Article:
It may sound more like science fiction for foodies, but scientists in Singapore are developing a digital “lollipop” that zaps your tongue with different flavors like salty, sweet, sour, and bitter. The instrument, attached to a computer, is held up to the tongue to send electric currents signaling different areas of our tastebuds.
ABC News reports about the digital lollipop researchers at the National University of Singapore are developing. Electrical currents travel through the digital taste simulator, stimulating each of the four taste sensations on the tongue.
Once it is refined, the use of the digital lollipop may prove useful to people who suffer from diabetes or even cancer. Lead developer Nimesha Ranasinghe explains, “People with diabetes might be able to use the taste synthesizer to simulate sweet sensations without harming their actual blood sugar levels. Cancer patients could use it to improve or regenerate a diminished sense of taste during chemotherapy.”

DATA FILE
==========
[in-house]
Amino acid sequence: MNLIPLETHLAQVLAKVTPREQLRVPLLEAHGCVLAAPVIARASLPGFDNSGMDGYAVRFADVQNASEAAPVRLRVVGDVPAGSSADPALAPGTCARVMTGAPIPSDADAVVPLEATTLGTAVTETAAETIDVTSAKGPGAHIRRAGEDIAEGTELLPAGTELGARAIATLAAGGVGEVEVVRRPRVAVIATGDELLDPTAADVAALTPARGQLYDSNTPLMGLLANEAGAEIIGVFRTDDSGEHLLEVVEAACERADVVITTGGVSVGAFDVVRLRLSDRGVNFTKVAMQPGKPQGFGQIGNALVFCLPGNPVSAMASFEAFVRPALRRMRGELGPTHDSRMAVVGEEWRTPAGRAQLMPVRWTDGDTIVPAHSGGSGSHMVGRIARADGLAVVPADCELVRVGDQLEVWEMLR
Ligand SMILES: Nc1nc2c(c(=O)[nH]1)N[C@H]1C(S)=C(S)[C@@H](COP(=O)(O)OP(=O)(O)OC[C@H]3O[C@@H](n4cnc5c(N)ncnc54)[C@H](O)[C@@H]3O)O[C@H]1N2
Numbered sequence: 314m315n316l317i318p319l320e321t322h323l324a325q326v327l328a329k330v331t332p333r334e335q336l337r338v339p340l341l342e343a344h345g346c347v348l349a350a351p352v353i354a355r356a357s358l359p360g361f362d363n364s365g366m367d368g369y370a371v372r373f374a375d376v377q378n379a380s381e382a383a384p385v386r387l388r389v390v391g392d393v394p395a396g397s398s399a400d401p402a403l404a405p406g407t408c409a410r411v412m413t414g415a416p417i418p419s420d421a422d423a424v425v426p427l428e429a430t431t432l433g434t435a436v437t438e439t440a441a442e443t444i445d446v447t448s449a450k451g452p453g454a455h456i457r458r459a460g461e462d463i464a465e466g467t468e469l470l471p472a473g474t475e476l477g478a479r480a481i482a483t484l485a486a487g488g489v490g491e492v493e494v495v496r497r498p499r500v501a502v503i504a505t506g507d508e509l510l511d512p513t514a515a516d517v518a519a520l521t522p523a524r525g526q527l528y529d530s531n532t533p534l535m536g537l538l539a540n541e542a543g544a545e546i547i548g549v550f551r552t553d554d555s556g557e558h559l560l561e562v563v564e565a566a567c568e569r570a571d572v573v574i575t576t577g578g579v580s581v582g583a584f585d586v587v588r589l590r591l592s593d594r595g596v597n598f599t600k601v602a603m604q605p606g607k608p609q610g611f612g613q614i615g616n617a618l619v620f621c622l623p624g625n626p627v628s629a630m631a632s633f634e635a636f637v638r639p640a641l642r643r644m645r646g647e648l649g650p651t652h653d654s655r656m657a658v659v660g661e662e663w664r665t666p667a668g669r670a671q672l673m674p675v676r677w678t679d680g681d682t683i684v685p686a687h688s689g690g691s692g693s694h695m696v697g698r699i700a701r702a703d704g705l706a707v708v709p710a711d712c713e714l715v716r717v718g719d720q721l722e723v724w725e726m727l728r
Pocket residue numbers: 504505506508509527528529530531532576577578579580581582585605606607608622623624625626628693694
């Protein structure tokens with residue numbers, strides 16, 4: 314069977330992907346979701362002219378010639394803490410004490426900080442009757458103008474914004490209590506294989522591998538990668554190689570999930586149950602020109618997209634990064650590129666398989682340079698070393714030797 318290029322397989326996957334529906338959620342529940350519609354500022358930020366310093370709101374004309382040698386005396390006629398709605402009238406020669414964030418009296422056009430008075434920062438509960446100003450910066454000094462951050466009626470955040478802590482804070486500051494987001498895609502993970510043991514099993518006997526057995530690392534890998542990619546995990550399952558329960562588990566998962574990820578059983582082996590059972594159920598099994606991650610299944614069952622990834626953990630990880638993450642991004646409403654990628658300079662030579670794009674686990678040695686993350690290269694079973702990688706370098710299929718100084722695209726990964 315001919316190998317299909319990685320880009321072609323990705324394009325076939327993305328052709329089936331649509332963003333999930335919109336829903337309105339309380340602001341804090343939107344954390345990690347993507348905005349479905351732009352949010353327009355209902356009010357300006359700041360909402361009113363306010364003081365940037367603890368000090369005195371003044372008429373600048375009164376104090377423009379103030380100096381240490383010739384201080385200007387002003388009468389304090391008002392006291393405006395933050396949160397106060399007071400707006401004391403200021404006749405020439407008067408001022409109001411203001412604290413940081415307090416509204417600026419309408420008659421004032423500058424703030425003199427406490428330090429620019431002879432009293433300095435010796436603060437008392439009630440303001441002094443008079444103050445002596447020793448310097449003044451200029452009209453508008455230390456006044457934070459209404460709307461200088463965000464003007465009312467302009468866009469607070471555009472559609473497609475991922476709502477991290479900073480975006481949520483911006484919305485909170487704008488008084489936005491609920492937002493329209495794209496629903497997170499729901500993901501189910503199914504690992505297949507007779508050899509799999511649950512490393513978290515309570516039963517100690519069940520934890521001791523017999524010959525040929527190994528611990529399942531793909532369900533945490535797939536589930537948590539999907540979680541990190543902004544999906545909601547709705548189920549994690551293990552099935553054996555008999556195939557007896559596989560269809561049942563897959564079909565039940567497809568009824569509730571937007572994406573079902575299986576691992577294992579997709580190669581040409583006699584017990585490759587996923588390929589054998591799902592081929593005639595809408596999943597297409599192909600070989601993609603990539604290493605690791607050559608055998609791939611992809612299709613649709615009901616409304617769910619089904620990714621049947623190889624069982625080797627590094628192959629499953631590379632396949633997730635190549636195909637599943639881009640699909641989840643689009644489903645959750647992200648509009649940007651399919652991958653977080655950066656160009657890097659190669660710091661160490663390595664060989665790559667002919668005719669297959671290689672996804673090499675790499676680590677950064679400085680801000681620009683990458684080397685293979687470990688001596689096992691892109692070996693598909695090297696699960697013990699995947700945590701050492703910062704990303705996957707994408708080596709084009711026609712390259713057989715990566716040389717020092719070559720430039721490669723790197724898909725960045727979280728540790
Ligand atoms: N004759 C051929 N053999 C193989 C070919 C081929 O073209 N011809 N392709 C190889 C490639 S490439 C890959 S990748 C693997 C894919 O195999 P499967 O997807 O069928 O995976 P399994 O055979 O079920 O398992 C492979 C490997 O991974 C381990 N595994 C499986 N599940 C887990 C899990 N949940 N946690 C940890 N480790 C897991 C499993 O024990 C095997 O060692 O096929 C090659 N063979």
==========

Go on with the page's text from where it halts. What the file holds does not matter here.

The way current taste simulation technology is progressing, experts believe it may not be too long until we start seeing more mainstream advances. Randall Reed, director for the Center of Sensory Biology and professor of Molecular Biology at Johns Hopkins University predicts, “We could be building essentially sensory fireworks. I expect in another decade or two that we will be using combinations of either designed chemicals or something potentially electrical…that provide unique combinations of taste and smell that are novel and different.”
What do you think of news that the digital lollipop is currently in development?
Do you think an instrument like this can be useful to people with diabetes or those suffering from cancer?